Notice how at this point Jesus doesn’t try to clear up a misunderstanding, soften his language or say he was just speaking metaphorically. He instead presses the issue of really partaking of his Body and Blood further: “Truly, truly, I say to you, unless you eat the flesh of the Son of Man and drink his blood, you have no life in you” (Jn 6:53). He then goes on to use a more graphic word for “eat”, meaning “to gnaw” or “to chew”– language that would not be used figuratively here: “He who eats my flesh and drinks my blood will have eternal life” (Jn 6:54).
This is not something Jesus would do if he thought the crowds were misunderstanding him, taking him too literally. He wouldn’t talk this way if he was only speaking metaphorically about the Eucharist—as if the Eucharist was supposed to be just a symbol of his presence. Rather, he goes on to state explicitly, “For my flesh is food indeed, and my blood is drink indeed. He who eats my flesh and drinks my blood abides in me, and I in him” (Jn 6:55- 56). Jesus is clear: We must eat his flesh and drink his blood, and if we don’t, he says, “you have no life in you” (Jn 6:53).
The crowds clearly understood Jesus in this literal way. They grumbled and complained about this radical idea. Even “many of his disciples drew back and no longer went about with him” (Jn 6:66). If the Eucharist were just a symbol, why didn’t Jesus call them all back, saying, “Wait, I was only speaking figuratively!”? Instead, he lets them go. He loves us so much he is not willing to compromise on his supreme gift to us, the gift of his very Body and Blood in the Eucharist.
Discuss: Do you believe in the Real Presence? Could you explain it to someone else? What difference does this truth make in your life?
LOVE NEAR US
Love wants to be near the one it loves. And the God who is love ardently longs to be close to us. That’s why he remains dwelling among us here on earth in the Eucharist.
The presence of that Divine Love in Christ had a powerful impact on people’s lives 2,000 years ago in Galilee. It overcame illness, drove away darkness, and brought healing to those who were suffering, forgiveness in the face of sin. Did you know we can encounter that same powerful presence of Jesus in the Eucharist? And not just when we receive him in Holy Communion at Mass, but also when we draw near to him in all the tabernacles in all our Catholic churches around the world.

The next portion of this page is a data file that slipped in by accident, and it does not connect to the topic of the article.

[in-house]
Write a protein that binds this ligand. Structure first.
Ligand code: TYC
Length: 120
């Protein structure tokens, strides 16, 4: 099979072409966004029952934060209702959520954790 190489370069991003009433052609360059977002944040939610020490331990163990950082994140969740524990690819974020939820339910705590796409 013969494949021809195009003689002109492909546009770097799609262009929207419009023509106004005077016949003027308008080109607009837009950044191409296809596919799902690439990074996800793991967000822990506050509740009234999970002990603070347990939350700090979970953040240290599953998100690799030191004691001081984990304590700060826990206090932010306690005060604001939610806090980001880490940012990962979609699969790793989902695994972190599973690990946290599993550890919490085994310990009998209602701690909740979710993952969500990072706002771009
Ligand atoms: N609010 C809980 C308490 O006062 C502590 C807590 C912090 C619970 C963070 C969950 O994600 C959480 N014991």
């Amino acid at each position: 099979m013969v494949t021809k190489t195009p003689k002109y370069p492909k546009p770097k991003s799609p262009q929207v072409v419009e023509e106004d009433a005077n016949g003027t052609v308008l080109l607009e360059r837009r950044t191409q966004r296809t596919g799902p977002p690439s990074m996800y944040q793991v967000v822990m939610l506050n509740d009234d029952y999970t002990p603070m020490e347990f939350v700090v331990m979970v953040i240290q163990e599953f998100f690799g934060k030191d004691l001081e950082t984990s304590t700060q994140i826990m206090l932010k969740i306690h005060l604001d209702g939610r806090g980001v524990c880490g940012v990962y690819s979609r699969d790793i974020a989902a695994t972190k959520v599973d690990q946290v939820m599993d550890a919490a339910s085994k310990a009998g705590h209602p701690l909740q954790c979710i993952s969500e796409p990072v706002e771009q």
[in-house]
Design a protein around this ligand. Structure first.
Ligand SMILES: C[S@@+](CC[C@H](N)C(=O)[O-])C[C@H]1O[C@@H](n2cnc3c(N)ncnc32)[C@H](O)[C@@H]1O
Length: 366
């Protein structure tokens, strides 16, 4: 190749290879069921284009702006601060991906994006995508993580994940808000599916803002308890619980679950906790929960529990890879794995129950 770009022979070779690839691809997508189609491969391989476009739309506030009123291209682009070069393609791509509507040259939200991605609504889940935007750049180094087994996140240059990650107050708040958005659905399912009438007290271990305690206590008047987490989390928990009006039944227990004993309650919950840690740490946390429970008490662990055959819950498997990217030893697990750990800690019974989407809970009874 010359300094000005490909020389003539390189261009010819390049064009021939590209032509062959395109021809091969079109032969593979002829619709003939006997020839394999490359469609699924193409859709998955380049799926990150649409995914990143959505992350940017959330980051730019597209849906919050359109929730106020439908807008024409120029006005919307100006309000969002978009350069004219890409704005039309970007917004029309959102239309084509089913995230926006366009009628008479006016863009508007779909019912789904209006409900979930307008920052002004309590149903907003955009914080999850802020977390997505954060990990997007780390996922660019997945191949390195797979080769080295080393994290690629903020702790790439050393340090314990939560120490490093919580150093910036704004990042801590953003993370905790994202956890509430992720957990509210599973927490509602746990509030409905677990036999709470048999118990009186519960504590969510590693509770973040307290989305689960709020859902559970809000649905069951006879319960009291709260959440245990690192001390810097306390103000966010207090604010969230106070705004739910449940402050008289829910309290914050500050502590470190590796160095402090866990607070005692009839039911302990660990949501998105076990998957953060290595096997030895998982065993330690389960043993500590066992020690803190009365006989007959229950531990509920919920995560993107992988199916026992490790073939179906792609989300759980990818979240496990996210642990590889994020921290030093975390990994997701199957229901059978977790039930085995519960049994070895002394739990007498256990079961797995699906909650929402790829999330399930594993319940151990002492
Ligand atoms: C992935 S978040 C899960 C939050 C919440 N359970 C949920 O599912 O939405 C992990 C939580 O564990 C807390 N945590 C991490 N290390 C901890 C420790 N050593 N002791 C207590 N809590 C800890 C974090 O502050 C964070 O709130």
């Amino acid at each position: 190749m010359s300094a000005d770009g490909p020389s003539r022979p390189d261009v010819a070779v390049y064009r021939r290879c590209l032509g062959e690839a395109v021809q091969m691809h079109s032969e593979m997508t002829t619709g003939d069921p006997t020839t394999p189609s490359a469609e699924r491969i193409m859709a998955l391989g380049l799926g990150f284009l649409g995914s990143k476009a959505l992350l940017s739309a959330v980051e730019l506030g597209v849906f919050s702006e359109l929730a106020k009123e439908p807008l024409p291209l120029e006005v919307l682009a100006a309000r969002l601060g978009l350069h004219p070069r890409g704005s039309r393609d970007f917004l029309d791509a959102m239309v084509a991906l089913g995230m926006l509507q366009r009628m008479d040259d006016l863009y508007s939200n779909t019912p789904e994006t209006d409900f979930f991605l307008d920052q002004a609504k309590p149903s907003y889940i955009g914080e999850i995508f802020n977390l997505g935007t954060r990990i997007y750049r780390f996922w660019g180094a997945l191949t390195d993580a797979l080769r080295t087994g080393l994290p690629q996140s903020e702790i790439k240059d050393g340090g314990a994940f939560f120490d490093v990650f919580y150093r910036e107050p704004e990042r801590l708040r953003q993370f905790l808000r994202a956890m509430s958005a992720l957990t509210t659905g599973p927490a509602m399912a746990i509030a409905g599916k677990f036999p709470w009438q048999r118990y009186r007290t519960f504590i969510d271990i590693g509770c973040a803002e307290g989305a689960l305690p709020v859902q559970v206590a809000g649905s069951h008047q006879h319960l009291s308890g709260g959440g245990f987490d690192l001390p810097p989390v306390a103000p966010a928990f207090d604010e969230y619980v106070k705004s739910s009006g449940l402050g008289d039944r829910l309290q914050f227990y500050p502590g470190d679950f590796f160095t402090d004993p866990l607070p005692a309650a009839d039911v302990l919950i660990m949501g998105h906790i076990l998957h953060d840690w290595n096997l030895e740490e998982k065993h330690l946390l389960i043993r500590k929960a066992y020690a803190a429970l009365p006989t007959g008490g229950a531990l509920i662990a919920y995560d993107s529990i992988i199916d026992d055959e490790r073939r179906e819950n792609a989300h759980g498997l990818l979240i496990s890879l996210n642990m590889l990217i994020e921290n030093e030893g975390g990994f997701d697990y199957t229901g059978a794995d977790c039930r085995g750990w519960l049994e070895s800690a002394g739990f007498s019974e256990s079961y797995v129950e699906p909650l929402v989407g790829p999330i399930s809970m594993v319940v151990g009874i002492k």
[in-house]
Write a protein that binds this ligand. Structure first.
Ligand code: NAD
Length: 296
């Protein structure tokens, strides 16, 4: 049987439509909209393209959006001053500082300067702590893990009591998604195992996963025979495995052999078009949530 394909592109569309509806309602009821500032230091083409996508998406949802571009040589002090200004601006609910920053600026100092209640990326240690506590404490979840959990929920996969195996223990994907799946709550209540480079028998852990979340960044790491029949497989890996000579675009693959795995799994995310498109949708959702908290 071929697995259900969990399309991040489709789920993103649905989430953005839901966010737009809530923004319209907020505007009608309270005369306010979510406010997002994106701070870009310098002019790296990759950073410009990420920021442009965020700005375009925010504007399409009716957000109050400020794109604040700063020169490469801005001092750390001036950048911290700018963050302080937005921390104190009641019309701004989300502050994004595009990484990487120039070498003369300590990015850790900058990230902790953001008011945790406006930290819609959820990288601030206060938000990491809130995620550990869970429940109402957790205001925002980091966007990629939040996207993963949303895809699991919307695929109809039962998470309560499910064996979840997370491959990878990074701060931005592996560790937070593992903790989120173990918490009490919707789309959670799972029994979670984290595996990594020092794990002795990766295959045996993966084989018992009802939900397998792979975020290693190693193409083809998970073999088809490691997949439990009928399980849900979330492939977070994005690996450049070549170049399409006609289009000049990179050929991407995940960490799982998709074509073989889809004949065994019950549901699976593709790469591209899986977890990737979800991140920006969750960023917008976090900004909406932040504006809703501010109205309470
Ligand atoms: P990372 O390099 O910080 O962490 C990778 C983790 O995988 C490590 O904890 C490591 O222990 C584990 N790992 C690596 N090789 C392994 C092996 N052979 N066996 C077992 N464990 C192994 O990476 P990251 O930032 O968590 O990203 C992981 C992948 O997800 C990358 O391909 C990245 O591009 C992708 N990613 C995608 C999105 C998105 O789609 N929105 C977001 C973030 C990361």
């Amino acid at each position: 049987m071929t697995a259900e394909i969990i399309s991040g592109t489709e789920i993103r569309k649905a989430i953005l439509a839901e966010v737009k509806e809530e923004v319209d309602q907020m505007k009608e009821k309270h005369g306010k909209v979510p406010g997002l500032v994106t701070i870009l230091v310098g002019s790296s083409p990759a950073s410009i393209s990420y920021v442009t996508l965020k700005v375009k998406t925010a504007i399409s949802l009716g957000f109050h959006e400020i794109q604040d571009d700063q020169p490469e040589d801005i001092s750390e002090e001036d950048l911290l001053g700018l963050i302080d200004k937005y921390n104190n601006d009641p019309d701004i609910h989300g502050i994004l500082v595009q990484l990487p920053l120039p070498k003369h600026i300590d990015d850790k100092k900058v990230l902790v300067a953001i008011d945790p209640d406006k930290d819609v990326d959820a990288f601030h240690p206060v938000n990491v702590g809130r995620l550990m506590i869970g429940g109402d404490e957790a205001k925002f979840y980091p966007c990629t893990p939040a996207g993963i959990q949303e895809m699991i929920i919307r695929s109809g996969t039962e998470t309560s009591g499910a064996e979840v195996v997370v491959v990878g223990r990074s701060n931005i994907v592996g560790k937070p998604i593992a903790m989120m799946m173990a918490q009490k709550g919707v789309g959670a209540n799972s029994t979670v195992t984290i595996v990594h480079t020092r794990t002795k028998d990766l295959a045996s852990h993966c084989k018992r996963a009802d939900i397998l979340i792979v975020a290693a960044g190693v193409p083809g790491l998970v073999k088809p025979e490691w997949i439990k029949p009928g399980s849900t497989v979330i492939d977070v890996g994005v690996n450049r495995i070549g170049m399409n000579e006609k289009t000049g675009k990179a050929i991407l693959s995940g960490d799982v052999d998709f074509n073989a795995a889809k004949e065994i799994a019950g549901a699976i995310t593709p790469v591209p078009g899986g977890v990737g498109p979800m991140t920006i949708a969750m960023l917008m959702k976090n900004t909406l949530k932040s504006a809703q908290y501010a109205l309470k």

So if you want to draw near to Divine Love Himself and experience the power of his Real Presence in your life—the power to guide, comfort and strengthen you—receive Jesus in the Eucharist as often as you can and visit him in the chapel where he continues to reside in the Tabernacle, where the sacred hosts are kept.
Do we approach Holy Communion with the same reverence and devotion that the little Chinese girl had? She went to such great lengths, even risking her own life, to draw near to Christ’s presence in the Eucharist, to love him in Eucharistic adoration and receive him in Communion each day. Do you have that same desire? What sacrifices are you willing to make to draw near to him?
Jesus in the Eucharist is readily available to you in your town, maybe even right on your campus. Have you ever thought of going to Mass not just on Sunday, but also during the week sometimes to receive him? Do you make the effort in your busy day to stop by the chapel, to tell him you love him, to bring your needs to him, to rest in his Presence? Jesus is waiting for you in this Sacrament. He longs for you to come to him.
The greatest love story of all time is contained in a tiny white host.
Discuss: Jesus desires to draw close to you. Do you have that same desire to draw close to him? What sacrifices do you need to make to be more devoted to Jesus in the Eucharist?
It’s not enough to simply want to meet Jesus in the Sacraments; we have to actually go. Make a plan. When will you go to Mass? If you aren’t going weekly, start now. If you already go every Sunday, can you participate in daily Mass? When can you go to adoration?
Real Presence: The Eucharist is truly the Body and Blood of Jesus.
Frequent Communion/Visits to the Blessed Sacrament: Jesus longs for us to encounter him regularly in the Eucharist.
NOTE: In Acts 2:42, “the breaking of the bread” or the Eucharist is listed as one of the four foundational habits of the early disciples of Jesus. Given the centrality of the Eucharist for the Christian life, it’s not surprising that the expression eventually came to represent all of the sacraments—namely, baptism, Eucharist, confirmation, reconciliation, anointing of the sick, marriage, and holy orders. These other sacraments will be addressed in later articles.
10 The Little Girl Who Inspired Archbishop Fulton Sheen’s Vow. (n.d.) Retrieved from https://www.americaneedsfatima. org/Conversions/the-little-girl-who-inspired-archbishop-fulton-sheen-s-vow.html
11 The Little Girl Who Inspired Archbishop Fulton Sheen’s Vow. (n.d.) Retrieved from https://www.americaneedsfatima. org/Conversions/the-little-girl-who-inspired-archbishop-fulton-sheen-s-vow.html
12 Bishop James Conley. (2014, March 18). Eucharistic Adoration: Transforming a City. Retrieved from https://zenit.org/ articles/eucharistic-adoration-transforming-a-city/ 2.3 | SACRAMENTS: THE EUCHARIST